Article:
From works of historical fiction to micro-history, memoir to nature writing, as we reach the midpoint of the summer holidays, historians at the University of Bristol share with us what they’ve been reading so far.
Brendan Smith, Professor of Medieval Studies, is reading Danube by Claudio Magris. Every page has something memorable to say about the historic connections of the places the author passes through, from source to Black Sea. Not since my interrail in the summer of 1982 have I seen the mighty river!
Misha Ewen, Lecturer in Early Modern History, is reading The Love Songs of W. E. DuBois by Honorée Fanonne Jeffers. The Love Songs of W. E. DuBois is an emotional work of historical fiction, which is both a coming of age story and a family saga, which traces their experiences of enslavement and dispossession, intimacy and love, during the nineteenth and twentieth centuries. It’s also a mediation on the role of the (family) historian – the ethics of doing research and what we hope to recover. I’ve never read a book quite like this and I couldn’t put it down.
Lorenzo Costaguta, Lecturer in U.S. History, is reading Nickel and Dimed: On (Not) Getting By in America by Barbara Ehrenreich. Nickel and Dimed is a short and extraordinary book. Written by social justice activist and writer Barbare Ehrenreich (1941-2022), it narrates the author’s attempts to survive through minimum-wage jobs in late-90s US economy. The book became a literary sensation when it was published in 2001. In an economy still enjoying the upside of the late 1990s tech boom, Ehrenreich unveiled the social damages produced by a capitalist system designed to be impossible to navigate for the poor. Beautifully written, self-critical, inspired, Nickel and Dimed rapidly became an instant classic.
Will Pooley, Senior Lecturer in Modern History, is reading Twilight of the Godlings: Shadowy Beginnings of Britain’s Supernatural Beings by Francis Young. I love a book that takes on an old problem – what are the origins of the motley spirits and supernatural beings of medieval Britain? It’s no surprise the answer isn’t simple. Young suggests that across the longue durée communities with similar needs recycled the bits and pieces of old godlings into new spirits, wild men, and eventually… fairies. A fun one for folklore fans!
Josie McLellan, Professor of History, is reading The Swimmer: The Wild Life of Roger Deakin by Patrick Barkham. An experimental biography of the nature writer Roger Deakin. Subtle, engrossing, and an absolute page-turner!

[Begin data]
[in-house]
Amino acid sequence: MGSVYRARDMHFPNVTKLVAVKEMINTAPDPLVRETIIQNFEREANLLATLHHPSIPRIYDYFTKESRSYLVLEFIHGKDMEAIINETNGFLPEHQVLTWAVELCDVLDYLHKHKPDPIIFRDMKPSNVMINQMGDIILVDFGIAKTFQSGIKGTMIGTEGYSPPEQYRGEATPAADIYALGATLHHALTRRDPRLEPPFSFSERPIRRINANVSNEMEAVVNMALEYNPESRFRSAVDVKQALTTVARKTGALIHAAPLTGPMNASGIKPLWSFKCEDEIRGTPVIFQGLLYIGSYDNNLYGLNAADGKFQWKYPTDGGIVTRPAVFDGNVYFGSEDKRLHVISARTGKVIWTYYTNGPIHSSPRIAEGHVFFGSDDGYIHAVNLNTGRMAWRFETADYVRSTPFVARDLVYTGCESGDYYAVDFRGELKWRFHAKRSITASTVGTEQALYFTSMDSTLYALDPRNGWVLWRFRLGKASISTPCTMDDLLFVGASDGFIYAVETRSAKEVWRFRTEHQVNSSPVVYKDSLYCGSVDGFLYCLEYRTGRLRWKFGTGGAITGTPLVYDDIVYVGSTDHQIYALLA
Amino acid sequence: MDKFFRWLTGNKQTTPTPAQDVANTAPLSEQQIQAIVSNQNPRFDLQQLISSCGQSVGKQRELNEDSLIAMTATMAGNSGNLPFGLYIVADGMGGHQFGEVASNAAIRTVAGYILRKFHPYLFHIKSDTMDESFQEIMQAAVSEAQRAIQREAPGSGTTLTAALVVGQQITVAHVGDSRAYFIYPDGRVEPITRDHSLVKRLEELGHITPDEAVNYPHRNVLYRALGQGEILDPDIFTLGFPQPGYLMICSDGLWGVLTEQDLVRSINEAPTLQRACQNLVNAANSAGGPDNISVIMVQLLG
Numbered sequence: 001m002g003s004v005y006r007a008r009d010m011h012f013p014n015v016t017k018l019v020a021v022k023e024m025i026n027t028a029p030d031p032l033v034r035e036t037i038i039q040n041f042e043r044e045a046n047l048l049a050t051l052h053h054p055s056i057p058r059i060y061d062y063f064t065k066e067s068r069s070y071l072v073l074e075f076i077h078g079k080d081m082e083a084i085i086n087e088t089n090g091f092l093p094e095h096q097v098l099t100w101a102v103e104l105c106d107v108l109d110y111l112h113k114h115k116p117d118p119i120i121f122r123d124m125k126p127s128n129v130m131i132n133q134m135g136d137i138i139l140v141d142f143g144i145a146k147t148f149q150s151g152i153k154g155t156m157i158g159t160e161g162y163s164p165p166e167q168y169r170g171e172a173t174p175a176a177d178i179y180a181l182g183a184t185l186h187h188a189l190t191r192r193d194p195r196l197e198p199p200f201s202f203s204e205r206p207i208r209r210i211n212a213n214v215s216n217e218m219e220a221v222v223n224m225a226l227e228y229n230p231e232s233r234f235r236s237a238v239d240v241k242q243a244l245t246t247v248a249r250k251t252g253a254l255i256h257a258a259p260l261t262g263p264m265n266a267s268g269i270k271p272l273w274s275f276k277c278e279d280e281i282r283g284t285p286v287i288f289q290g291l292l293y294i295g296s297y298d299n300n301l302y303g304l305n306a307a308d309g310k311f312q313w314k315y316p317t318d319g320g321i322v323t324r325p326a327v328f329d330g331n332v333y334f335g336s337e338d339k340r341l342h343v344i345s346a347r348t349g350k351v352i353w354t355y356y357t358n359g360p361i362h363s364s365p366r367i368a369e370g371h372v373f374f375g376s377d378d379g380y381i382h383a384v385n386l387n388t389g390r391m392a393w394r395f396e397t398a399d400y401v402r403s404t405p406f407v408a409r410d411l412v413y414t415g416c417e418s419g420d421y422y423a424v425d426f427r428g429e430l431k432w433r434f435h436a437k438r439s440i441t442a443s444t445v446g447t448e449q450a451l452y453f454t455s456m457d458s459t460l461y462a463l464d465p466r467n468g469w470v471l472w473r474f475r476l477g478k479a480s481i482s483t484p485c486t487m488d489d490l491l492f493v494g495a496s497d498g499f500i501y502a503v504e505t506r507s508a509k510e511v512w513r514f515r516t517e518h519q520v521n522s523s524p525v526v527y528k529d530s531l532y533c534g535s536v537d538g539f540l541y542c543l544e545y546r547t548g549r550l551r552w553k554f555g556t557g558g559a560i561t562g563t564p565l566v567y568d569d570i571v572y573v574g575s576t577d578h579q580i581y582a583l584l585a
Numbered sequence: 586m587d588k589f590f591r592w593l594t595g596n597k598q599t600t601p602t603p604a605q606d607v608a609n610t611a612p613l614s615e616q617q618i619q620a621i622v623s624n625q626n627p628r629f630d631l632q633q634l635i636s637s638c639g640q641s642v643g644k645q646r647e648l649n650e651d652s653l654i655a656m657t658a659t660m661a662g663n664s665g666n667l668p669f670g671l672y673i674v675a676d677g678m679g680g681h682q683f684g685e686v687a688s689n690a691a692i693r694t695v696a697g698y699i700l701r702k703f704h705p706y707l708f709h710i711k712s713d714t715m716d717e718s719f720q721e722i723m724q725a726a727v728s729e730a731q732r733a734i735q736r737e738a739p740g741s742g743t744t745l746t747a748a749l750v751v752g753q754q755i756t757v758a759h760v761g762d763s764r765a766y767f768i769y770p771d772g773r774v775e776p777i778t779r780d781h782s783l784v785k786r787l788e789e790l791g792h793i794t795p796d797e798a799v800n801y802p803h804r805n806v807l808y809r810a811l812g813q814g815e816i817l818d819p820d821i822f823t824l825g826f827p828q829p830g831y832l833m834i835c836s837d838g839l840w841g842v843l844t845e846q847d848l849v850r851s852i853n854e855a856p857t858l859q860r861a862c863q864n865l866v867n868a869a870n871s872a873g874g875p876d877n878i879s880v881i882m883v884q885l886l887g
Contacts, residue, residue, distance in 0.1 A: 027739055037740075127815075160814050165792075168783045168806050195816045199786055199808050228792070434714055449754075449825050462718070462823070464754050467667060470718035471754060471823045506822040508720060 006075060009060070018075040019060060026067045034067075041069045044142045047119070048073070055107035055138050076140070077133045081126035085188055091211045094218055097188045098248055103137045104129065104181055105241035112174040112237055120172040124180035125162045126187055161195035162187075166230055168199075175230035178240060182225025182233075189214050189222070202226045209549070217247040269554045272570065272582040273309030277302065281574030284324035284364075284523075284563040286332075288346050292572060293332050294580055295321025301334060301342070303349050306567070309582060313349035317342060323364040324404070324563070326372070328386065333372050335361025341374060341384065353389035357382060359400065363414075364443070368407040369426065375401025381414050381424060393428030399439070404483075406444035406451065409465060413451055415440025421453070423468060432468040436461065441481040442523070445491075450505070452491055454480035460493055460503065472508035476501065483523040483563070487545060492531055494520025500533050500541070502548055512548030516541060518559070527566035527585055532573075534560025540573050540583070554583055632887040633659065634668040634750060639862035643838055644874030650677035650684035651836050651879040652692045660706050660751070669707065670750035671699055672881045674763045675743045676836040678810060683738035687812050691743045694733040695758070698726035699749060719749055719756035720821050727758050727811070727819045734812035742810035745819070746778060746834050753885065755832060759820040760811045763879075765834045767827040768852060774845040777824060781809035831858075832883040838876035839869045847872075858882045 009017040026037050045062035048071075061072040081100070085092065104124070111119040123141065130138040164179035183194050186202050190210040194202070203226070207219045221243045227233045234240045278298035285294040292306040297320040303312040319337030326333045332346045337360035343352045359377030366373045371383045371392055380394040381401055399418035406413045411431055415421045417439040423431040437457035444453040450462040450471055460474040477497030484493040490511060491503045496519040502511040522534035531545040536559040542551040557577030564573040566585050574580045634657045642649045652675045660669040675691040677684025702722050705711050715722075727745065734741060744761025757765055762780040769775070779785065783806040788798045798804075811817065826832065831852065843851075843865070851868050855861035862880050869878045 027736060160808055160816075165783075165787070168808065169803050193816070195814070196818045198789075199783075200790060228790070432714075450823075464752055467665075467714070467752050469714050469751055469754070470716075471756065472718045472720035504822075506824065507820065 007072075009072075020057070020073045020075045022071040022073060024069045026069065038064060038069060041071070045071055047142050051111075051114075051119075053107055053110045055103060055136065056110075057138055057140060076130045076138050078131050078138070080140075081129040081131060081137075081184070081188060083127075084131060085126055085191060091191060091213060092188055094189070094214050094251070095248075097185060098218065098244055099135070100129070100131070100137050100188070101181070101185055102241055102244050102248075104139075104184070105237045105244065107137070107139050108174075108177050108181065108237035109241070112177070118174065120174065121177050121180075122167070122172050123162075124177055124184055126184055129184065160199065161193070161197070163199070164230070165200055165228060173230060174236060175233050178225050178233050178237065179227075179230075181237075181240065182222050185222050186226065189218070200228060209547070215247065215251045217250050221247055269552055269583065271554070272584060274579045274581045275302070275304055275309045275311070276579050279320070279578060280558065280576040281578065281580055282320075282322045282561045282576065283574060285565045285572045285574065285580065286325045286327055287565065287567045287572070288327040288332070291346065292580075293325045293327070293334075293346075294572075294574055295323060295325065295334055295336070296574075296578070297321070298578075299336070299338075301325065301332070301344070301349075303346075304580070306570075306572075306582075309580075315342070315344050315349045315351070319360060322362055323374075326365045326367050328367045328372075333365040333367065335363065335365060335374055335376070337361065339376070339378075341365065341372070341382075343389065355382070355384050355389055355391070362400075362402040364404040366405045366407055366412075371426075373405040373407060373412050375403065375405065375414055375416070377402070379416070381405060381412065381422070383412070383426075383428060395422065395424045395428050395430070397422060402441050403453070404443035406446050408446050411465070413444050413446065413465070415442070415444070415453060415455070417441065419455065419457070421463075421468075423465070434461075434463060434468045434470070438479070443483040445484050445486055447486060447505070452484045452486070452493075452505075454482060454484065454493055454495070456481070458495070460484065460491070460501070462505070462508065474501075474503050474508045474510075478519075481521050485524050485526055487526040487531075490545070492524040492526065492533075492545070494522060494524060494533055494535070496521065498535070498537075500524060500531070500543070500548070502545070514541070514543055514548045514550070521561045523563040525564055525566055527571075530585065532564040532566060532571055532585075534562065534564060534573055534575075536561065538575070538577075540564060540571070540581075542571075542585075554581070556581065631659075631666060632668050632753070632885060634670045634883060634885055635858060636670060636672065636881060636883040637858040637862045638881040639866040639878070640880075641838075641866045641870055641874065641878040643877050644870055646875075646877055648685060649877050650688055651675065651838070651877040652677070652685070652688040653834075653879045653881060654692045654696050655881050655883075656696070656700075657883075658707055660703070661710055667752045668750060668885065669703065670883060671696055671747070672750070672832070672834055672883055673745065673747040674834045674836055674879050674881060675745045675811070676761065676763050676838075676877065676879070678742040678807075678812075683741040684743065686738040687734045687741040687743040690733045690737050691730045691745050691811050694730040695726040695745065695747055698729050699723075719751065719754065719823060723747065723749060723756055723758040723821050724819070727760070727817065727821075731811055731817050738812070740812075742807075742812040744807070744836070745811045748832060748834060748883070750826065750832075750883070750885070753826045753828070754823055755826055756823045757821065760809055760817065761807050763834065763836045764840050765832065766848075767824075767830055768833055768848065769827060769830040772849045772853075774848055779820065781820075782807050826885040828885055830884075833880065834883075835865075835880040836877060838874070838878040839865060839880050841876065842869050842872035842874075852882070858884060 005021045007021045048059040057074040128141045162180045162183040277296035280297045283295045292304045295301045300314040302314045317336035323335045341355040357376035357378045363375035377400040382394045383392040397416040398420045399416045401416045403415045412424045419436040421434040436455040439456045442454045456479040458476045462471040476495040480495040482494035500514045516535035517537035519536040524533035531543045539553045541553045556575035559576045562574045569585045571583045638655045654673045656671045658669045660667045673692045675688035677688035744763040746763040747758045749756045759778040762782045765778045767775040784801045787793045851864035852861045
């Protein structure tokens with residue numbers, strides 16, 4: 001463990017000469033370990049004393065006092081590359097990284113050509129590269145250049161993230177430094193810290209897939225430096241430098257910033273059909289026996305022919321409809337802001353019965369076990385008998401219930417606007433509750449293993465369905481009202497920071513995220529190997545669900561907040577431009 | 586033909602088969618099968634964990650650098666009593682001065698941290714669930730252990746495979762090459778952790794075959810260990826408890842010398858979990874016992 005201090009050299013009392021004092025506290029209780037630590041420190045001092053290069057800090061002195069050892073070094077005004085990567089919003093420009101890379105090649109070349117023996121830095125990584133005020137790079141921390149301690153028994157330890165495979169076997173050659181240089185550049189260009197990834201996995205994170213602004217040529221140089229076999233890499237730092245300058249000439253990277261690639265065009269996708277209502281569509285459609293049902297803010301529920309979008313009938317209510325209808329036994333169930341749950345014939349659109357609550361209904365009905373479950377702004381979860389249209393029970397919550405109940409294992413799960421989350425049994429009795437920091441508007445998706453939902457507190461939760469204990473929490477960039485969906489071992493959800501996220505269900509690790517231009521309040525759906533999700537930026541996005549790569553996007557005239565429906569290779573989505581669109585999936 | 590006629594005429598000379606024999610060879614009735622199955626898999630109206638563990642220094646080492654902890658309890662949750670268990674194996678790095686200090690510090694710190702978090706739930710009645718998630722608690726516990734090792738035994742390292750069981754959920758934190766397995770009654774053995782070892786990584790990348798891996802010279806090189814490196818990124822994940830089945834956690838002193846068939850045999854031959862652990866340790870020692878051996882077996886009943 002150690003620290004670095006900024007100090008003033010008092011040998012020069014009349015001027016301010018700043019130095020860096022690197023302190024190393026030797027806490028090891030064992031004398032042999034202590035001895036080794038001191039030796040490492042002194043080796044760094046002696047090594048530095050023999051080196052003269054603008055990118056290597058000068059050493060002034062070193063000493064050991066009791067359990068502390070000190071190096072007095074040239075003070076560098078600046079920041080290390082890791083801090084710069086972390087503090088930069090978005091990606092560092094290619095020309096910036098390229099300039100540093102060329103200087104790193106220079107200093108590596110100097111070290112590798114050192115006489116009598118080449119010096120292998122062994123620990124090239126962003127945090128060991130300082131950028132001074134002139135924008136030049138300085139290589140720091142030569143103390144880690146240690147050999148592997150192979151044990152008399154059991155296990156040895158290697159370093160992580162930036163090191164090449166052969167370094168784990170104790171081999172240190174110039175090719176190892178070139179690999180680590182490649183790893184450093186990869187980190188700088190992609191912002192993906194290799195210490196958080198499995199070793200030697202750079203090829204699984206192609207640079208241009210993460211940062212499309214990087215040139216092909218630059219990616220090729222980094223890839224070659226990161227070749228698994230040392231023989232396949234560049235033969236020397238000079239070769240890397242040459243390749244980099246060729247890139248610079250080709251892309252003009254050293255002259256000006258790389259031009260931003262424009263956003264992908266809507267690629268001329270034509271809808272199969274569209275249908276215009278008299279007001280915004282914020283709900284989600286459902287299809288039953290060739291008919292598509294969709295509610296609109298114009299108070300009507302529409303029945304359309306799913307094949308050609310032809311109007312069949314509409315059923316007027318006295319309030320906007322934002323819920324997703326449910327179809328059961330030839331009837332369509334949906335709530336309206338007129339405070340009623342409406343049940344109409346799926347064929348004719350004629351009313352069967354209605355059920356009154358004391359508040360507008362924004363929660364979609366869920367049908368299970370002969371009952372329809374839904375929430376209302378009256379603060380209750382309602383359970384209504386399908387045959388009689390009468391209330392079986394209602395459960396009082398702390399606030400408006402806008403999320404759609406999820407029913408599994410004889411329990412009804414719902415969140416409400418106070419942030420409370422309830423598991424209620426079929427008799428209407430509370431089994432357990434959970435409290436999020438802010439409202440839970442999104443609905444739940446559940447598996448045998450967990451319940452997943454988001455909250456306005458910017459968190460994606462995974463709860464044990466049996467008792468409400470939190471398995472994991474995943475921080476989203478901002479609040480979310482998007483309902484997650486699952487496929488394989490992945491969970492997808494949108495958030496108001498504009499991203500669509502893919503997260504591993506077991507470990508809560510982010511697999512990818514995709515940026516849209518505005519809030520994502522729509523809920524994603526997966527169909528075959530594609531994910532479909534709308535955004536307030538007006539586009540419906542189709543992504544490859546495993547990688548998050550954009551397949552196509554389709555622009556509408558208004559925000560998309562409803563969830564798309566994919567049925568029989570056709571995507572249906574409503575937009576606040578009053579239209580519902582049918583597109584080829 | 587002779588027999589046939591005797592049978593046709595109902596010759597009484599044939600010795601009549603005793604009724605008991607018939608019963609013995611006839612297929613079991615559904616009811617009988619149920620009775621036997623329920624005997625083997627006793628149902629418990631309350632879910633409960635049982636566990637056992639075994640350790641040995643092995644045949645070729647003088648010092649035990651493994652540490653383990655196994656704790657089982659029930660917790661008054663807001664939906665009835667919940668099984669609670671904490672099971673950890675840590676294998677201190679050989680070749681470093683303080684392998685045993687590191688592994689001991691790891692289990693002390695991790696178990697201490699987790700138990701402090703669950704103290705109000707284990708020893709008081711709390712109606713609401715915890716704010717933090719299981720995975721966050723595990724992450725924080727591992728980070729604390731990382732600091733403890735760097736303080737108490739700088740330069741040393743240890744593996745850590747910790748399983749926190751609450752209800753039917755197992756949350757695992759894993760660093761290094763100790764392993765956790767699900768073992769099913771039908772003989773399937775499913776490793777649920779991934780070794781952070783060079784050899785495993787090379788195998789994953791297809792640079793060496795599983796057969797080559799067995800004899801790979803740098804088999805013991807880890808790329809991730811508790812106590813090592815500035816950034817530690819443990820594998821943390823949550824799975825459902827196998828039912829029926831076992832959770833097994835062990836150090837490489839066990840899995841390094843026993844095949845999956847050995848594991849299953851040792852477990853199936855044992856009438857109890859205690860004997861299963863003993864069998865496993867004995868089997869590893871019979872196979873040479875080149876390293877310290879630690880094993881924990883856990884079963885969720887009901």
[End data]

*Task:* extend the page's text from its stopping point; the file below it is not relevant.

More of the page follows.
Simon Potter, Professor of Modern History, is reading The Disappearance of Lydia Harvey: A True Story of Sex, Crime and the Meaning of Justice by Julia Laite. The Disappearance of Lydia Harvey traces Laite succeeds in bringing out big themes in twentieth-century global and social history through painstaking reconstruction of the lives of ordinary people.
Fernando Cervantes, Reader in History, is reading Journeys of the Mind: A Life in History by Peter Brown. It had me completely hooked for a good week. It is a fascinating memoir of his intellectual development that takes the reader from Brown’s native Dublin through Oxford and London to Berkeley and Princeton. It is also an exceptionally generous appraisal of all the people who have influenced him as well as a cracking read. Written with Brown’s characteristic elegance and wit, it is also a wonderful travel book, reconstructing Brown’s many journeys in Europe, Africa and the Middle East. Among the many books he mentions that had a profound impact on him is Hilda Prescott’s The Man on a Donkey, a forgotten classic of historical fiction that meticulously reconstructs the lives of individuals and communities in the decades leading up to and during Henry VIII’s decision to dissolve the monasteries. I am only half-way through — it is very long! — but I am thoroughly enjoying it. Both books are absolute ‘musts.’
Richard Stone, Senior Lecturer in Early Modern History, is reading Late Light by Michael Malay. It’s a beautiful piece of nature writing. Michael takes us with him as he learns about four fascinating but overlooked animals with which we share the British landscape (eels, moths, mussels, and crickets), but also how human actions are putting them at risk of extinction. Michael also tells us how, after growing up in Indonesia and Australia, his explorations of nature helped him fall in love with English West Country which he now calls home. I’m normally a physical books person, but Michael narrated the audiobook himself, so listening to it is just like sitting listening to a friend tell you about his adventures!